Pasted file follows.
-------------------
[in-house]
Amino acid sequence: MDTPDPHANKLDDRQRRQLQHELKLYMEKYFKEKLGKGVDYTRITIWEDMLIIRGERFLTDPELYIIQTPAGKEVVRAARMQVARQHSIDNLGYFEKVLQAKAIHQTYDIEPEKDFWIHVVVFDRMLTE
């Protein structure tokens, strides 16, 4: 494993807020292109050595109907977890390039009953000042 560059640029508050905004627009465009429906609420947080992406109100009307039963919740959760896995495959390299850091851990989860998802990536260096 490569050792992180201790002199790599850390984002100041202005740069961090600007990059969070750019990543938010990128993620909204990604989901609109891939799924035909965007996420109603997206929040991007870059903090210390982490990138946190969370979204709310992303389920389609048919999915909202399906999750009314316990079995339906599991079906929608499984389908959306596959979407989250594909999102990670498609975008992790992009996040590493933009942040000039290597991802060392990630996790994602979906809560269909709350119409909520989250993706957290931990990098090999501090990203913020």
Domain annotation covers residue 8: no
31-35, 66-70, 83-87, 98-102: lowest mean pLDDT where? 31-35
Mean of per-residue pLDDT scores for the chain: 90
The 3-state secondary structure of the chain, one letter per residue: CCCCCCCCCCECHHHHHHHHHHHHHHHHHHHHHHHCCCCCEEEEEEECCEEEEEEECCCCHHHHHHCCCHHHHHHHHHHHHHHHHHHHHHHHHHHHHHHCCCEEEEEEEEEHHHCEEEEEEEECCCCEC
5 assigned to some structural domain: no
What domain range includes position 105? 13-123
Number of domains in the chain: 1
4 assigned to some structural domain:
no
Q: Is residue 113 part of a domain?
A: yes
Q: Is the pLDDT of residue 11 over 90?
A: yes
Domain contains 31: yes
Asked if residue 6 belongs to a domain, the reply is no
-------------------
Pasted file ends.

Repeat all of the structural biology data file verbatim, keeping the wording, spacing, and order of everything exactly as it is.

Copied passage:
[in-house]
Amino acid sequence: MDTPDPHANKLDDRQRRQLQHELKLYMEKYFKEKLGKGVDYTRITIWEDMLIIRGERFLTDPELYIIQTPAGKEVVRAARMQVARQHSIDNLGYFEKVLQAKAIHQTYDIEPEKDFWIHVVVFDRMLTE
């Protein structure tokens, strides 16, 4: 494993807020292109050595109907977890390039009953000042 560059640029508050905004627009465009429906609420947080992406109100009307039963919740959760896995495959390299850091851990989860998802990536260096 490569050792992180201790002199790599850390984002100041202005740069961090600007990059969070750019990543938010990128993620909204990604989901609109891939799924035909965007996420109603997206929040991007870059903090210390982490990138946190969370979204709310992303389920389609048919999915909202399906999750009314316990079995339906599991079906929608499984389908959306596959979407989250594909999102990670498609975008992790992009996040590493933009942040000039290597991802060392990630996790994602979906809560269909709350119409909520989250993706957290931990990098090999501090990203913020």
Domain annotation covers residue 8: no
31-35, 66-70, 83-87, 98-102: lowest mean pLDDT where? 31-35
Mean of per-residue pLDDT scores for the chain: 90
The 3-state secondary structure of the chain, one letter per residue: CCCCCCCCCCECHHHHHHHHHHHHHHHHHHHHHHHCCCCCEEEEEEECCEEEEEEECCCCHHHHHHCCCHHHHHHHHHHHHHHHHHHHHHHHHHHHHHHCCCEEEEEEEEEHHHCEEEEEEEECCCCEC
5 assigned to some structural domain: no
What domain range includes position 105? 13-123
Number of domains in the chain: 1
4 assigned to some structural domain:
no
Q: Is residue 113 part of a domain?
A: yes
Q: Is the pLDDT of residue 11 over 90?
A: yes
Domain contains 31: yes
Asked if residue 6 belongs to a domain, the reply is no